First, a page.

The June joblessness numbers continue to confirm predictions of economists: unemployment will likely remain above eight percent for the next few years. The economy added only 80,000 jobs last month, keeping unemployment at 8.2 percent, but the bleak numbers were accompanied by a silver lining: Of the 80,000 jobs added, nearly a third (25,000) were temporary positions.
Recruiters have taken a lot of heat in the recent months for having difficulties filling vacant positions with qualified candidates. In many cases, an inability to bring in the right talent isn’t the recruiter’s fault at all; more often than not, their hands are tied by employers wanting to keep costs low in uncertain economic times.
As a recruiter, how do you appease corner cutting employers and unhappy job seekers? Follow the trend and hire temporary.
Why You Should Hire Temporary
Temporary work is a tidy solution to a very messy employment problem for both workers and recruiters. For workers, temporary work is an ideal way to build their network, acquire additional professional references, keep skills sharp and get decent pay. There’s also the added benefit of testing out a new project for workers interested in making a career change.
And for recruiters, there are a number of benefits to hiring temporary help.
1. Beef Up Staff Quickly- Predicting workload fluctuations is tricky business, especially in an economy like ours. Employers are uncomfortable increasing staff one month only to cut new workers loose the next. Temporary workers allow employers to adjust fluctuating project flow more easily and quickly.
2. Bring In Specialized Help- Projects can sometimes demand specialized skills not required for the long-term. In a situation like this, temporary workers can be more ideal than outside consulting firms. Current staff receives the benefit of being able to quickly and effectively communicate to a worker who is in-house and employers have more peace of mind knowing the worker isn’t juggling multiple projects for other clients.
3. Attract Top Talent- In this market, even the crème de la crème of workers are experiencing downsizing or are accepting early retirement packages. When the shock of unemployment subsides, many decide they want or need to continue working and use temporary positions as a strategy for re-entering the workforce.
4. You Can Try It Before You Buy It- The costs of a bad hire are devastating. Forty-one percent of employers estimate that a bad hire costs more than $25,000, while one in four say it costs them more than $50,000. Those estimates don’t include the effect one bad hire has on other employees. Hiring temporary workers gives the employer the opportunity to evaluate company fit before extending a full-time offer.
5. Appease Employers Uncertain About Health Benefits- The Supreme Court’s recent upholding of the “Employer Responsibility” provision in the health care law championed by President Obama has left many employers uneasy. The provision requires employers with 50 or more workers to offer health insurance coverage or pay fines ranging from $2,000 to $3,000 per employee per year. Temporary workers provide employers with the work they need without the hefty price tag of healthcare and other benefits.
How To Hire Temporary Workers
Hiring temporary workers is often very similar to hiring full-time staff, but there are a few key differences.
1. You Need To Get Employees On Board- Employee support is very important when hiring a full-time worker, but even more so when hiring a temporary worker. Current staff tends to be more accepting of new full-time hires than temporary workers because they know the new worker is in it for the long haul and they know the new worker won’t take their jobs. Before pursuing temporary workers, hold a meeting with staff to explain its necessity. Also explain that temporary workers will make their jobs easier overall.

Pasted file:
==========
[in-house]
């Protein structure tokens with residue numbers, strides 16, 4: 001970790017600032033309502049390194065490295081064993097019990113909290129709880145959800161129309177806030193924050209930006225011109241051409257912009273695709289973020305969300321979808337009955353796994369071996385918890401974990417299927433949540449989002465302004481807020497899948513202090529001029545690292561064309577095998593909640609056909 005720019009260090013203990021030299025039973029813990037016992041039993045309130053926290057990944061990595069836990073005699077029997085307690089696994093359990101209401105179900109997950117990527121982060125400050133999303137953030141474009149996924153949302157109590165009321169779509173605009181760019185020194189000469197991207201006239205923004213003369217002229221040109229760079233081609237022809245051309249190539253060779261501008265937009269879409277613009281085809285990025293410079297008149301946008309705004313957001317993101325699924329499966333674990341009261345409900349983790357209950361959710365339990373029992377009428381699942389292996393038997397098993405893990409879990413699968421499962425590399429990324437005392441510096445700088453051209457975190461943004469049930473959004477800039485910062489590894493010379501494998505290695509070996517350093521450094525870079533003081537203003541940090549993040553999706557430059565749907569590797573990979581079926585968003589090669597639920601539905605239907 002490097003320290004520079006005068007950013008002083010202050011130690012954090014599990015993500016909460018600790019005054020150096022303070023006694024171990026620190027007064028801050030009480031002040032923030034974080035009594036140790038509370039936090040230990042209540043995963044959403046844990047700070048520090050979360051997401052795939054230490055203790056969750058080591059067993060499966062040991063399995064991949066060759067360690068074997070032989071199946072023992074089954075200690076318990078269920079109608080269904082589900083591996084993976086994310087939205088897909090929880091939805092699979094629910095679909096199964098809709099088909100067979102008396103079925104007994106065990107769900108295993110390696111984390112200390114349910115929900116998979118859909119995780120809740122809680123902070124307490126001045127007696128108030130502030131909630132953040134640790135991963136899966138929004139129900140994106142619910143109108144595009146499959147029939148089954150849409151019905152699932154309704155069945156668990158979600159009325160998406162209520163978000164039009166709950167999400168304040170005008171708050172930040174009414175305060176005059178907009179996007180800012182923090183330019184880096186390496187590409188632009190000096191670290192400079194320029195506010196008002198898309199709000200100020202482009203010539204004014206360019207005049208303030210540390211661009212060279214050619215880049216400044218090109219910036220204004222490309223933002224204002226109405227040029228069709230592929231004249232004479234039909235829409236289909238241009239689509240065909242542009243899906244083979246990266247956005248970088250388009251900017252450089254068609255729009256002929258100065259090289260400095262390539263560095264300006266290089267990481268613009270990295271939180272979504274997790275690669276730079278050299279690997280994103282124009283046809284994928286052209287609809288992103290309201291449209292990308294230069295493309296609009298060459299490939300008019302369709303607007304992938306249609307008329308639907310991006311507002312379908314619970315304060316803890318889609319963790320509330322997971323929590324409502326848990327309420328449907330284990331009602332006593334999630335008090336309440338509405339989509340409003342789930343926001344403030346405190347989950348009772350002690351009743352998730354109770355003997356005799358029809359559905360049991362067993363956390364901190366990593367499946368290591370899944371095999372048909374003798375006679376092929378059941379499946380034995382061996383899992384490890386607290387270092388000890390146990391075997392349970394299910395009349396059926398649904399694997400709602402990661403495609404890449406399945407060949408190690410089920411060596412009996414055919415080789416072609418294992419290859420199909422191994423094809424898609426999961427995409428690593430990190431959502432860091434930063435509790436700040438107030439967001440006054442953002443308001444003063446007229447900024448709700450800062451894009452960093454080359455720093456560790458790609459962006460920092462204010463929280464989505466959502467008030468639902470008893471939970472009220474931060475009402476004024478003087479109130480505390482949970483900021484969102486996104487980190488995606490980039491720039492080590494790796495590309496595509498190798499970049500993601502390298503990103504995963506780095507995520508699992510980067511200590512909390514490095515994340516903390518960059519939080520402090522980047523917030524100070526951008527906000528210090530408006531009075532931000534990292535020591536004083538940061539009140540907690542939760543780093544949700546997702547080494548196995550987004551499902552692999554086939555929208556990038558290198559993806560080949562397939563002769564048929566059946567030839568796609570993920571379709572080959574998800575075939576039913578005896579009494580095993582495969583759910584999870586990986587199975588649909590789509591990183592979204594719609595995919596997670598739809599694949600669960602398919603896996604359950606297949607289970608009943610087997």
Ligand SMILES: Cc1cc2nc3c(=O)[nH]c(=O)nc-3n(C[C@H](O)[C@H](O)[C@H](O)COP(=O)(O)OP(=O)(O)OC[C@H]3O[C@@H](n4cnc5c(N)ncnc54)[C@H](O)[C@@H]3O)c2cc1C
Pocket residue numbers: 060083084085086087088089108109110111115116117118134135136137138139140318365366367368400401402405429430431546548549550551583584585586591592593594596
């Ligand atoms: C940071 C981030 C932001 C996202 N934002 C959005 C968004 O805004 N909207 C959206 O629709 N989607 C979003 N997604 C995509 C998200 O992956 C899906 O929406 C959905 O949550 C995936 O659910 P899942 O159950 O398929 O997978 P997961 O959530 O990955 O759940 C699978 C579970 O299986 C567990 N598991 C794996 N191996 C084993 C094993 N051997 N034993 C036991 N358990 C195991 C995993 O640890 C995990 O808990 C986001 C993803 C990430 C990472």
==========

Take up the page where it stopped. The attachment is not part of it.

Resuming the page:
2. You Need To Be Detailed- While it isn’t always their fault, recruiters are often guilty of being vague or using jargon in job descriptions. For temporary workers, ditch the buzzword-filled job description and be specific. If you don’t give your temporary workers a play-by-play description of what they’re expected to do, they can negate the pros of their being at your company in the first place.
3. You Can Get More Creative With Accepting Applicants- Recruiters are sometimes skeptical of accepting creative job applications for full-time positions. When recruiting temporary workers, feel free to throw your inhibitions about creative applications out the window! For a temporary worker, you want a lower cost per hire because their return on investment is often lower than a full-time worker’s. Creative applications, especially video, quicken your search process and give you a glimpse into an applicant’s personality, lessening the number of interviews needed before bringing them on board.
4. You Need To Document Everything- Contracts are an extremely important component when hiring full-time employees and are arguably the most important component when hiring temporary workers. Like full-time employees, temporary workers are privy to employers’ intellectual property. However, temporary workers don’t usually feel the same sense of loyalty that full-time employees do. To protect your employer, consult an attorney to ensure the drafted contract includes a provision stating that work done by the temporary worker belongs to your company. Also document how fees incurred by an expanding project will be addressed. This will keep your temporary worker happy, and it’ll keep your employer out of a lawsuit.
Does your employer want you to recruit more temporary workers? What do you suggest other recruiters keep in mind when hiring temporary workers?